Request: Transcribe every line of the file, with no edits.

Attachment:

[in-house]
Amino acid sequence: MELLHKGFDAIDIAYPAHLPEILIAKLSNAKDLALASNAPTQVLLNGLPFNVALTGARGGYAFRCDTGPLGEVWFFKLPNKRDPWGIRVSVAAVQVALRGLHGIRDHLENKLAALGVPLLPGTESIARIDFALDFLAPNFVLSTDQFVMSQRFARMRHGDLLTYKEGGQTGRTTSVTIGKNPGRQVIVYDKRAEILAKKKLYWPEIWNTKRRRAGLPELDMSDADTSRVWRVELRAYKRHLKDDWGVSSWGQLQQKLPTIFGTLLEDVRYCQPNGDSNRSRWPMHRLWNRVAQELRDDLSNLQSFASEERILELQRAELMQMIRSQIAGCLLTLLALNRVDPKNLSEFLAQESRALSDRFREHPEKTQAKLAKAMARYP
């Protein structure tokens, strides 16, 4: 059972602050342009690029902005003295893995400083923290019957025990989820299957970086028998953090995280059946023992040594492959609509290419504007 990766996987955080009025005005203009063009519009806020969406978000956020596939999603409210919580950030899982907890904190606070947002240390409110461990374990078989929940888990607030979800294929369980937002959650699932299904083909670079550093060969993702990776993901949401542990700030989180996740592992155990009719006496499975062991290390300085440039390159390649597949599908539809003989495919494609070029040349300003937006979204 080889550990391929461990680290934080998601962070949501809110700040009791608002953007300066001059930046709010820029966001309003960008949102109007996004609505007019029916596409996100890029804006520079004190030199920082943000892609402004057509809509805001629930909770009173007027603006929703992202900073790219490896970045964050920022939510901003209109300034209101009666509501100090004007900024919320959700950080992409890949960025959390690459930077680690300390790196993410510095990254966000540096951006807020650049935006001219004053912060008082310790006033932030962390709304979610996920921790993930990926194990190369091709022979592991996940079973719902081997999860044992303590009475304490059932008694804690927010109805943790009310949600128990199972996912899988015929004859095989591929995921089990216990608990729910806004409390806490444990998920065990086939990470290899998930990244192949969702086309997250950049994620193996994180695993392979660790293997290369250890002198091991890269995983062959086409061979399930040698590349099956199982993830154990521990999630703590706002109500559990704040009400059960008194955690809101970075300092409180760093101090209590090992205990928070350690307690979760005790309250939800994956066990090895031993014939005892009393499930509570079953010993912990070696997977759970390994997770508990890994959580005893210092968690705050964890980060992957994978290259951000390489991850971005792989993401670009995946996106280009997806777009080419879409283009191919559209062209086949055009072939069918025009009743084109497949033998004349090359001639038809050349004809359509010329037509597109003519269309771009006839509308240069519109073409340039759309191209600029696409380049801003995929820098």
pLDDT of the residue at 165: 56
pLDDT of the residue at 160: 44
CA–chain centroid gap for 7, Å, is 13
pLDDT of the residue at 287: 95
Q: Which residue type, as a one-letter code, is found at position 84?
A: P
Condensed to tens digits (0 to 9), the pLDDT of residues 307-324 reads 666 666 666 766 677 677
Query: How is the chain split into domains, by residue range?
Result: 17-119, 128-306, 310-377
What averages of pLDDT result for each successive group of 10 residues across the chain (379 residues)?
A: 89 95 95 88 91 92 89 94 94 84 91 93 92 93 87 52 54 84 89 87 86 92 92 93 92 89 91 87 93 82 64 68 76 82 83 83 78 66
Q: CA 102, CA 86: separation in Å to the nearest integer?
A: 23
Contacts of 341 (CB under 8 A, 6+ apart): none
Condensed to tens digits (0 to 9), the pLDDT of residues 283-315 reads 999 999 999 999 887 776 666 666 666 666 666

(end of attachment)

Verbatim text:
[in-house]
Amino acid sequence: MELLHKGFDAIDIAYPAHLPEILIAKLSNAKDLALASNAPTQVLLNGLPFNVALTGARGGYAFRCDTGPLGEVWFFKLPNKRDPWGIRVSVAAVQVALRGLHGIRDHLENKLAALGVPLLPGTESIARIDFALDFLAPNFVLSTDQFVMSQRFARMRHGDLLTYKEGGQTGRTTSVTIGKNPGRQVIVYDKRAEILAKKKLYWPEIWNTKRRRAGLPELDMSDADTSRVWRVELRAYKRHLKDDWGVSSWGQLQQKLPTIFGTLLEDVRYCQPNGDSNRSRWPMHRLWNRVAQELRDDLSNLQSFASEERILELQRAELMQMIRSQIAGCLLTLLALNRVDPKNLSEFLAQESRALSDRFREHPEKTQAKLAKAMARYP
């Protein structure tokens, strides 16, 4: 059972602050342009690029902005003295893995400083923290019957025990989820299957970086028998953090995280059946023992040594492959609509290419504007 990766996987955080009025005005203009063009519009806020969406978000956020596939999603409210919580950030899982907890904190606070947002240390409110461990374990078989929940888990607030979800294929369980937002959650699932299904083909670079550093060969993702990776993901949401542990700030989180996740592992155990009719006496499975062991290390300085440039390159390649597949599908539809003989495919494609070029040349300003937006979204 080889550990391929461990680290934080998601962070949501809110700040009791608002953007300066001059930046709010820029966001309003960008949102109007996004609505007019029916596409996100890029804006520079004190030199920082943000892609402004057509809509805001629930909770009173007027603006929703992202900073790219490896970045964050920022939510901003209109300034209101009666509501100090004007900024919320959700950080992409890949960025959390690459930077680690300390790196993410510095990254966000540096951006807020650049935006001219004053912060008082310790006033932030962390709304979610996920921790993930990926194990190369091709022979592991996940079973719902081997999860044992303590009475304490059932008694804690927010109805943790009310949600128990199972996912899988015929004859095989591929995921089990216990608990729910806004409390806490444990998920065990086939990470290899998930990244192949969702086309997250950049994620193996994180695993392979660790293997290369250890002198091991890269995983062959086409061979399930040698590349099956199982993830154990521990999630703590706002109500559990704040009400059960008194955690809101970075300092409180760093101090209590090992205990928070350690307690979760005790309250939800994956066990090895031993014939005892009393499930509570079953010993912990070696997977759970390994997770508990890994959580005893210092968690705050964890980060992957994978290259951000390489991850971005792989993401670009995946996106280009997806777009080419879409283009191919559209062209086949055009072939069918025009009743084109497949033998004349090359001639038809050349004809359509010329037509597109003519269309771009006839509308240069519109073409340039759309191209600029696409380049801003995929820098």
pLDDT of the residue at 165: 56
pLDDT of the residue at 160: 44
CA–chain centroid gap for 7, Å, is 13
pLDDT of the residue at 287: 95
Q: Which residue type, as a one-letter code, is found at position 84?
A: P
Condensed to tens digits (0 to 9), the pLDDT of residues 307-324 reads 666 666 666 766 677 677
Query: How is the chain split into domains, by residue range?
Result: 17-119, 128-306, 310-377
What averages of pLDDT result for each successive group of 10 residues across the chain (379 residues)?
A: 89 95 95 88 91 92 89 94 94 84 91 93 92 93 87 52 54 84 89 87 86 92 92 93 92 89 91 87 93 82 64 68 76 82 83 83 78 66
Q: CA 102, CA 86: separation in Å to the nearest integer?
A: 23
Contacts of 341 (CB under 8 A, 6+ apart): none
Condensed to tens digits (0 to 9), the pLDDT of residues 283-315 reads 999 999 999 999 887 776 666 666 666 666 666